The third chakra or power center in our upper belly shows up in several ways.
In the first style, it operates in a mode of forced protection. We seek to control, to influence others, to compete or dominate, to get what I want, to be the fittest, and so forth. We grasp at what we want and resist and suppress what we don’t want.
In the second style, we fall into a more passive protection. We feel powerless, submissive, and have difficulty making choices. We seek others to help us but they are often the first type who victimize us instead. This type resists and suppresses more.
Both styles drive suffering rather than protection. Resistance to our experience amplifies what we don’t want. And it creates unresolved experiences that burden our system. Yet because we know nothing else, we resist away.
There is another style unfamiliar to many people. This is a mode of openness. Openness requires inner balance and integrity, with sufficient trust and vulnerability.
Counter-intuitively, if we’re open, we become transparent energetically and any attempt to control or attack us on that level just dissipates.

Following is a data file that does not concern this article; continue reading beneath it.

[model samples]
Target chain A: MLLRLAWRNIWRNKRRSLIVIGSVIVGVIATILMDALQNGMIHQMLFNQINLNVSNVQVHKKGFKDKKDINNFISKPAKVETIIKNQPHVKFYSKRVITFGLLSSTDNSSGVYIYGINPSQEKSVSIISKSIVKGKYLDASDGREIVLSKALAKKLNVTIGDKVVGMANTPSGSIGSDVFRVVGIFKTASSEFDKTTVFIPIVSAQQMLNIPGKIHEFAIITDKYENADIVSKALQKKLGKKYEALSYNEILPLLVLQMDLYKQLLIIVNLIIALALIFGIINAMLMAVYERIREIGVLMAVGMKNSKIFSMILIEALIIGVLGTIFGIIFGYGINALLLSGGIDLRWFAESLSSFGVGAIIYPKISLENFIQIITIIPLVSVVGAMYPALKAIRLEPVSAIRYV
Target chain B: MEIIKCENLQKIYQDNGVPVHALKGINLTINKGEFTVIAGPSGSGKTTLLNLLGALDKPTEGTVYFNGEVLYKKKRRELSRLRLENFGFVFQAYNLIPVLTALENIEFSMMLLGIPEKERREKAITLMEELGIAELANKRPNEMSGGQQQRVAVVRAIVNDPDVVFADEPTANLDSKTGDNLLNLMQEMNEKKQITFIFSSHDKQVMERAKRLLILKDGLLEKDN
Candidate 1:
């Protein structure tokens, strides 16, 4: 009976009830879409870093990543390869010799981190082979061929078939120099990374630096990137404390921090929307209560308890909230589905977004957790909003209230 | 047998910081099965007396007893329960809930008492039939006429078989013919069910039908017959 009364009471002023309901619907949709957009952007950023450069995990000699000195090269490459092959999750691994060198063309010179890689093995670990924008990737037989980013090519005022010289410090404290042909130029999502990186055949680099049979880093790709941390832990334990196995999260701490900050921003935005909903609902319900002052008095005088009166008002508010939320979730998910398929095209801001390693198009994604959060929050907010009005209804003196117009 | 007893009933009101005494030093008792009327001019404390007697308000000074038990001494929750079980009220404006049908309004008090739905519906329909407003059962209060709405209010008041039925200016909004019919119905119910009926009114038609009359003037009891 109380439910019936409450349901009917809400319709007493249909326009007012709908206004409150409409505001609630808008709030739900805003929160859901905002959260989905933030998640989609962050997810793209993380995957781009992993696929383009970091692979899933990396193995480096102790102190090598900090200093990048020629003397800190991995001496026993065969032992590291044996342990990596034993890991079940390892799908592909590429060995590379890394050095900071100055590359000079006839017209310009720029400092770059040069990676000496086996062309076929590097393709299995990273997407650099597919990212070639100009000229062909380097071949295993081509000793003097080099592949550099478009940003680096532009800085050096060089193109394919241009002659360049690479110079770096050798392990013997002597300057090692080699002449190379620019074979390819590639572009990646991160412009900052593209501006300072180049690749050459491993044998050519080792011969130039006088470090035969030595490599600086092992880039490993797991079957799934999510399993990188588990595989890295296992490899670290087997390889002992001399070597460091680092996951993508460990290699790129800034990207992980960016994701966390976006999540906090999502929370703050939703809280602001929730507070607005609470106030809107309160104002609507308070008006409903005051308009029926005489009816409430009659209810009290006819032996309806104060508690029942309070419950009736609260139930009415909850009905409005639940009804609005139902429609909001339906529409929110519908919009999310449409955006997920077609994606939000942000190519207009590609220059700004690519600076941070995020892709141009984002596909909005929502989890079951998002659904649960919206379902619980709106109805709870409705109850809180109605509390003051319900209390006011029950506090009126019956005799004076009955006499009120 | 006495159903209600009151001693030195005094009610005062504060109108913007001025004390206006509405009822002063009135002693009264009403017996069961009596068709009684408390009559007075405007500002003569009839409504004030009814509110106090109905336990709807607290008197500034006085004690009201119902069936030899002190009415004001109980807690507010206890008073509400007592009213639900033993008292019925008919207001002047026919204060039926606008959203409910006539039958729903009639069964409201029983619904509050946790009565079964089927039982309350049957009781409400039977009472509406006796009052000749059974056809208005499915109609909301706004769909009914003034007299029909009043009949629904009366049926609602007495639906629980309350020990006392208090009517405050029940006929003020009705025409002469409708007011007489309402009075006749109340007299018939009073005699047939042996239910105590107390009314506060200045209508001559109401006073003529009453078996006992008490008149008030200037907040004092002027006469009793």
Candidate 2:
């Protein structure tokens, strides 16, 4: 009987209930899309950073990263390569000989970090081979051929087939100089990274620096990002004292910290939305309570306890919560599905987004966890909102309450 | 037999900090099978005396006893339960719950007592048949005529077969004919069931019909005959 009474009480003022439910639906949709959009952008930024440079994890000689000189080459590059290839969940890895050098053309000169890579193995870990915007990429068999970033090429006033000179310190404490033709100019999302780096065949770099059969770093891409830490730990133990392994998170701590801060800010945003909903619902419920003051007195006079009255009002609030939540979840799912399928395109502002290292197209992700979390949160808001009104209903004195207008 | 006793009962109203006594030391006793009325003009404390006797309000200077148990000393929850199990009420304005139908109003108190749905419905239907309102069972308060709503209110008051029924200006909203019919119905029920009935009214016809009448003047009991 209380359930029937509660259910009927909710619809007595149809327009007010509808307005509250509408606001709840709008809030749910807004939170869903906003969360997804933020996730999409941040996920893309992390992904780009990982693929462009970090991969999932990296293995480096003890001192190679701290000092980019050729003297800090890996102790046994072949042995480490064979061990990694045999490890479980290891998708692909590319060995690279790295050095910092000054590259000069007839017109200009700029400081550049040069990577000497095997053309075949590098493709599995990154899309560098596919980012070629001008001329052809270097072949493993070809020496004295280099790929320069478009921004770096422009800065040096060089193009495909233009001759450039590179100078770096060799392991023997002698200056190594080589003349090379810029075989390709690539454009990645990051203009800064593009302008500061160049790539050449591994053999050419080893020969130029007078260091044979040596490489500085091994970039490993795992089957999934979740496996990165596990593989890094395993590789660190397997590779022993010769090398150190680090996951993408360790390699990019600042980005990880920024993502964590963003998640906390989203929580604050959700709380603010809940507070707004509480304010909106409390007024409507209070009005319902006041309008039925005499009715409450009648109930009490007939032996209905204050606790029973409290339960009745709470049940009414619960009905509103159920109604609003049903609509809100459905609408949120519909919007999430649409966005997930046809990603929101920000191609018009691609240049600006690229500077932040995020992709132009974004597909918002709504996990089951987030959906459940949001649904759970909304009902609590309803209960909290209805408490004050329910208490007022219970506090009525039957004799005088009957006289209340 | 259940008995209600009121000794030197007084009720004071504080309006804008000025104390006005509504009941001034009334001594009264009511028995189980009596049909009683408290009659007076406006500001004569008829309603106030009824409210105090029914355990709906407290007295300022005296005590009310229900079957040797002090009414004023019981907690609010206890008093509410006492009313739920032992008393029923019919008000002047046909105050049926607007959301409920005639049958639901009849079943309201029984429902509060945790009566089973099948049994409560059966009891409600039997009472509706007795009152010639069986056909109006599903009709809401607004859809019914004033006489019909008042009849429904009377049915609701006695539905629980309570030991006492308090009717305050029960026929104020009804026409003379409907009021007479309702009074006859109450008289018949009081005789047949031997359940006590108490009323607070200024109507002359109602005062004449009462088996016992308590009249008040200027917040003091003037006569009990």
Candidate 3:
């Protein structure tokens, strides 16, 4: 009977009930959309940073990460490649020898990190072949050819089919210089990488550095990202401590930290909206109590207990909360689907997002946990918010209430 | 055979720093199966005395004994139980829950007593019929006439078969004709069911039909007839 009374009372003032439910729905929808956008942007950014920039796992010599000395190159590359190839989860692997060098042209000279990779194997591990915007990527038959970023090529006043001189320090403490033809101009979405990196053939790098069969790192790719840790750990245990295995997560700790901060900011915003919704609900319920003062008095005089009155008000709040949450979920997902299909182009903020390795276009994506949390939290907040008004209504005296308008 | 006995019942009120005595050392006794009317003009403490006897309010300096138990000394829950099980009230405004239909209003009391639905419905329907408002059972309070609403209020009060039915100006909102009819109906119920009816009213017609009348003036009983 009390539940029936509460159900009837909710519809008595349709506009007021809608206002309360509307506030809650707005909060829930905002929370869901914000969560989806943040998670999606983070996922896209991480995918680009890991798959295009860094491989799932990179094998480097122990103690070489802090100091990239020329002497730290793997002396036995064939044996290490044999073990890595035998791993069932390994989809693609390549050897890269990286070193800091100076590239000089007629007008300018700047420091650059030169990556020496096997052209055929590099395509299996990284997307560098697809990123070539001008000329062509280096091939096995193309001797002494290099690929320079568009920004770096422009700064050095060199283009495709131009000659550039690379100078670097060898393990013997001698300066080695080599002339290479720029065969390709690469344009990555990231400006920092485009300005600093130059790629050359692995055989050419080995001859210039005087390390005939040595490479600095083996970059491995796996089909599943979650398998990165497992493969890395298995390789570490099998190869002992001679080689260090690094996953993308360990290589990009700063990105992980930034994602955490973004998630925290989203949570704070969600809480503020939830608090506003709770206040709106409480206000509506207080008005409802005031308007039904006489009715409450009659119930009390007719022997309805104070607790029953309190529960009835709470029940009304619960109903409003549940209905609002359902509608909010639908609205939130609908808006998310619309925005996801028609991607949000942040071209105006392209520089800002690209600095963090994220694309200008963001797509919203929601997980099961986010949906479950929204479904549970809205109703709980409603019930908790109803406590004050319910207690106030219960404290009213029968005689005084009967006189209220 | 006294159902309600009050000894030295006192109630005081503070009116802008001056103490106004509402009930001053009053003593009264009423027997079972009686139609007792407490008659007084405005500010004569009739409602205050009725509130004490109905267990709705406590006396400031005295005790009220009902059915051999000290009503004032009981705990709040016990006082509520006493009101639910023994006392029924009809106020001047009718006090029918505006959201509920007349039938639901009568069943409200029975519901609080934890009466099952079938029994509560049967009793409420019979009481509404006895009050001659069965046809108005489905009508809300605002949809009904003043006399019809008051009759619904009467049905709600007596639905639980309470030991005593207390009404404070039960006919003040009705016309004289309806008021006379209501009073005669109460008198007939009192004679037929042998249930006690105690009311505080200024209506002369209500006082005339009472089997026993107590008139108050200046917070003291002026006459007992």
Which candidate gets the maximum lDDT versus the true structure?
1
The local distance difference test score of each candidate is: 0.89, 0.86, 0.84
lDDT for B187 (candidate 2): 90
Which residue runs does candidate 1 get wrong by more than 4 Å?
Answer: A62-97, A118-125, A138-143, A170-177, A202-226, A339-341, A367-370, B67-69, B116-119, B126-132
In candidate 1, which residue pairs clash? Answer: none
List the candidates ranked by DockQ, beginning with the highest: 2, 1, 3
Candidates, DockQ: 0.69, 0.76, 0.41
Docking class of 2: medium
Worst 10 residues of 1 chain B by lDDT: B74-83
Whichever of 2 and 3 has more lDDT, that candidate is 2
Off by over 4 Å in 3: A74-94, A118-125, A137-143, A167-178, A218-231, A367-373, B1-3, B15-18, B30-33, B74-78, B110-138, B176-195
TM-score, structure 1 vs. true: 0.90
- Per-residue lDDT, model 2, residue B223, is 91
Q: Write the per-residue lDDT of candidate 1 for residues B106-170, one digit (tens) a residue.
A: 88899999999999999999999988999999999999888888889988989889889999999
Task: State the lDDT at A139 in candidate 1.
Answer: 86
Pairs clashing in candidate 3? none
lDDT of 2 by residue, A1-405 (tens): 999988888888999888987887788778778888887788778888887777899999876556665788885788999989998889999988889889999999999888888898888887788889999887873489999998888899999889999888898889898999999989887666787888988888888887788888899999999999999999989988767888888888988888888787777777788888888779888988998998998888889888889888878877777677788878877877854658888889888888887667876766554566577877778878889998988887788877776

More significantly, when we step out of defense, it allows us to tune into the flows of nature and gain access to universal power. This is far greater than throwing our personal weight around. The power of the universe fills our sails. No force required.
But this requires healing. Opening ourselves up when we’re still feeling defensive just creates another conflict. We need to wind down our points of reactivity so we can open without jumping into defense.
Are you willing to be truly seen, to be honest, to be humble?
The third chakra is also the ground of clairsentience, also known as gut feelings. This becomes available when this arena opens. Unlike the more subtle intuition, the gut is attuned to our personal life.
The vulnerability of surrender can be especially challenging for men. We’re taught to be “strong” and not show weakness. “Real men don’t cry.” And yet that strength is just physical. That power depends on others being weaker rather than true inner strength.
Most of us have energetic connections to subtle protectionist structures. We’re wired into that mode of being. It ties us to the wheel of karma also, unable to escape the flow of unresolved experiences back into our life. Yet when we defend against these experiences, they cycle back again.
To be vulnerable in the face of others pain, we want to be grounded in unchanging being. Then we have the rock within. As the Bhagavad Gita (2:23) puts it, “Weapons cannot cleave him, nor fire burn him; water cannot wet him, nor wind dry him away.”
Vulnerability is where true strength lies.